Although it is not the most-used muscle when working the back, the long head of the triceps brachii is the most frequently injured muscle during back lat pull-downs with heavy weights or during chin-ups with added weight.
The latissimus dorsi is a powerful, fan-shaped muscle that attaches the arm to the rib cage, and whose distal tendon is strongly attached to the humerus. This is the main climbing muscle. The long head of the triceps brachii, on the other hand, is a similar muscle whose main function is to extend the forearm and secondarily to bring the arm toward the ribcage. In this way it complements the action of the latissimus dorsi.
Tearing of the long head of the triceps occurs when the muscle is fatigued, most frequently after an improper warm-up. It only takes a sudden relaxation of the latissimus dorsi during chin-ups with added weight to immediately shift the tension to the long head of the triceps.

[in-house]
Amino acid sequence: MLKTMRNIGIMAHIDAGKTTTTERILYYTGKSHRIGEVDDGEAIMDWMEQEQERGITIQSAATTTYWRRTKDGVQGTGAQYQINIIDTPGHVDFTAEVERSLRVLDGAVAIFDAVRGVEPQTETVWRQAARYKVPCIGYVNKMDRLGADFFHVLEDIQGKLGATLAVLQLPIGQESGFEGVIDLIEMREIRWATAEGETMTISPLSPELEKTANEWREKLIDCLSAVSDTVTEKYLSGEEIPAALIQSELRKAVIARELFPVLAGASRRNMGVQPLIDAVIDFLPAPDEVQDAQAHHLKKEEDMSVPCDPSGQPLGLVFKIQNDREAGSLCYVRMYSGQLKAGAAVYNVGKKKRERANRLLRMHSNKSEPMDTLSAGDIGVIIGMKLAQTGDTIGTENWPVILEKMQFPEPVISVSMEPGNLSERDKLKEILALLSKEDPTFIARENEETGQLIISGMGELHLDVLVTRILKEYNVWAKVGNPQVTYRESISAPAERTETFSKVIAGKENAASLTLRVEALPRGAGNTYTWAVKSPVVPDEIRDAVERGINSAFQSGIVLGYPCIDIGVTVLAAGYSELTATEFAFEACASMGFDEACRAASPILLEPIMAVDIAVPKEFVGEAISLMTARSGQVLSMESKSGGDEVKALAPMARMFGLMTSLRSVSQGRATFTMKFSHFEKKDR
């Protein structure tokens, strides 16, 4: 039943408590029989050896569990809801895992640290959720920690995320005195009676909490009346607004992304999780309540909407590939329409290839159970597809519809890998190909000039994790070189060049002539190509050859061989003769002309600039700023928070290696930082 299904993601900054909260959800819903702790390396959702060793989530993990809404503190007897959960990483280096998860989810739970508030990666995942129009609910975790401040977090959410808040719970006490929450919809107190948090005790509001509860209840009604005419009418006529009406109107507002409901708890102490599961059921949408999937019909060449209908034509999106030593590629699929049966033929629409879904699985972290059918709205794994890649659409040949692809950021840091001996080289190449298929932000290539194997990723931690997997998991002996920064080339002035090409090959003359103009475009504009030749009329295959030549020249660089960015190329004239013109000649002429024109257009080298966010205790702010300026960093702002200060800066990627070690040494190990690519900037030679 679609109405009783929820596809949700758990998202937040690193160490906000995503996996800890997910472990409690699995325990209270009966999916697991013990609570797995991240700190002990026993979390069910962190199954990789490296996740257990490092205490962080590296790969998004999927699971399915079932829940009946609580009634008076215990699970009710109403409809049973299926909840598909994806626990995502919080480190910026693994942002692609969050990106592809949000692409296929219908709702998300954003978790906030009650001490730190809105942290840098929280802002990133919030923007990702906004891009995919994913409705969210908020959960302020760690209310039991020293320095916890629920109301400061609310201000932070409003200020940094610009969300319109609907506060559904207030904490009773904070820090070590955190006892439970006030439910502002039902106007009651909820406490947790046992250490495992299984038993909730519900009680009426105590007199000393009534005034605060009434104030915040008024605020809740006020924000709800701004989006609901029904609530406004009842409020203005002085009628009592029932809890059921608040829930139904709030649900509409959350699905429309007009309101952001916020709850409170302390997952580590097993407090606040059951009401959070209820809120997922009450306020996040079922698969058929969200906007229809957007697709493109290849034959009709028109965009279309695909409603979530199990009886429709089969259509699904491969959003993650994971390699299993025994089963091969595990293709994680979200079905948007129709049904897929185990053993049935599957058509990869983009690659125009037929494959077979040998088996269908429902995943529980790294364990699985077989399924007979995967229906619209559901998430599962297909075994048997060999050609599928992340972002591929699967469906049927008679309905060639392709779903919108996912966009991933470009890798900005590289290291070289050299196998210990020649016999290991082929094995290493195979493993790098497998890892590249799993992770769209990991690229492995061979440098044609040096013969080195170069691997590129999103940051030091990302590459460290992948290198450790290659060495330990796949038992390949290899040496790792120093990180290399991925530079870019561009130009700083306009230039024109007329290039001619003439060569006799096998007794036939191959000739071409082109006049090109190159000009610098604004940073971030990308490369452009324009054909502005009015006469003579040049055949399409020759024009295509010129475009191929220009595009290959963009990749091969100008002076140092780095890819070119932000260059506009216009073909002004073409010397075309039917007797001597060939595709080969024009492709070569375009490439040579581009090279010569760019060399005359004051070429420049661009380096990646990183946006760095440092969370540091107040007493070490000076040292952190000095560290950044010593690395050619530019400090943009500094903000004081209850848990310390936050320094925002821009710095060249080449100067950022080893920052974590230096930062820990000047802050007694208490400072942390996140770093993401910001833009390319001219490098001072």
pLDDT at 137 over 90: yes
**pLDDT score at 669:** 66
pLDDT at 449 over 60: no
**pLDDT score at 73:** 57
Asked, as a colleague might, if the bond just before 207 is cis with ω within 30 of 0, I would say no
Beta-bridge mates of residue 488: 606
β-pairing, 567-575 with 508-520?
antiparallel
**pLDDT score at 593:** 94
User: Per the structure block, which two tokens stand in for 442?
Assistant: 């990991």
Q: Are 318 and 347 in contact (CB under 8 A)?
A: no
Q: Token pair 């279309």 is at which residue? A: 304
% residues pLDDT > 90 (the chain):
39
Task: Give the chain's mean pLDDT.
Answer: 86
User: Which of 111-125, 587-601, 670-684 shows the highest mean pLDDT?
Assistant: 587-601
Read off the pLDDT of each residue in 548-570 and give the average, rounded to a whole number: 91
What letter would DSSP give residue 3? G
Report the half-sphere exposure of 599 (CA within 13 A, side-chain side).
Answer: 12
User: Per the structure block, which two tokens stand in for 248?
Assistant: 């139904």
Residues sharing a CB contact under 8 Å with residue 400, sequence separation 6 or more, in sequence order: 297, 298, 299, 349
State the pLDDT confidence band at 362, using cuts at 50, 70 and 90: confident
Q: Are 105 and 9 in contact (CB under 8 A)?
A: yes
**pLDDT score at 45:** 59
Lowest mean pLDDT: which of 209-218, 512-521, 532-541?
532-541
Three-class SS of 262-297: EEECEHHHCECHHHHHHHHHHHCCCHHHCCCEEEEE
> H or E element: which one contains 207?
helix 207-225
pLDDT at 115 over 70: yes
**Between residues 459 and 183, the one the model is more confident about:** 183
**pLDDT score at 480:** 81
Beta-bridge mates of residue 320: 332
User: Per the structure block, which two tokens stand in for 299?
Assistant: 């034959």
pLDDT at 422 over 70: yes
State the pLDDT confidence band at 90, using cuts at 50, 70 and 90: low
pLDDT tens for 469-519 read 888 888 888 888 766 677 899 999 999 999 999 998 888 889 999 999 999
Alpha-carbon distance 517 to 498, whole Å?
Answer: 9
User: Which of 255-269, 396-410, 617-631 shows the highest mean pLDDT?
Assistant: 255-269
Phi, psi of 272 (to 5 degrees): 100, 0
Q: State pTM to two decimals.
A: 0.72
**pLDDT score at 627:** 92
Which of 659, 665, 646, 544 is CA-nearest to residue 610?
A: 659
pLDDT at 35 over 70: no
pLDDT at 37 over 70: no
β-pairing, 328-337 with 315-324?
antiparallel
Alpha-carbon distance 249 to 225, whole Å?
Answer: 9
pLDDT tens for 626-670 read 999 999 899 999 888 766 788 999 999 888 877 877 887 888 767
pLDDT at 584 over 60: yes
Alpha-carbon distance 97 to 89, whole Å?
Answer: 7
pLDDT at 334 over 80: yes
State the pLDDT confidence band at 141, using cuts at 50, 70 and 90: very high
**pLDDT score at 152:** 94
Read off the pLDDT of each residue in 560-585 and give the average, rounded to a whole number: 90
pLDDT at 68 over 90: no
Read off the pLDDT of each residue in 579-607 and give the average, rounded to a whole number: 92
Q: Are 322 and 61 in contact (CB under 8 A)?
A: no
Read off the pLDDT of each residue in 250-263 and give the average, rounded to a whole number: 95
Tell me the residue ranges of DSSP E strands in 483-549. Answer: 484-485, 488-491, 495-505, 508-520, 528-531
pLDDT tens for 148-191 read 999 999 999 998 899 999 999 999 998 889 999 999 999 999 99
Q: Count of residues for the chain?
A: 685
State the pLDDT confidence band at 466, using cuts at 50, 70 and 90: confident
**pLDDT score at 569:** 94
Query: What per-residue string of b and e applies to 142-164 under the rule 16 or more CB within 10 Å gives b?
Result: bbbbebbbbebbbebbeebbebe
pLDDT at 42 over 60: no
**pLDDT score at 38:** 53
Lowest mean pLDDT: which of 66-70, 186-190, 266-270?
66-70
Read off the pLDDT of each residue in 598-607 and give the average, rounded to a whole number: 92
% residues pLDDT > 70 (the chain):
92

This tendon my partially tear, most often close to its insertion on the scapula. (fortunately complete tears are infrequent)
Unlike incapacitating shoulder injuries, which may completely halt upper-body training, a tear in the long head of the biceps is less devastating. You can still perform back exercises such as seated rows or T-bar rows and movements for the triceps such as forearm extensions at a high pulley with the elbows next to the body despite the injury as long as you begin with lighter weights.
However, a brief rest period is recommended before beginning upper-body training.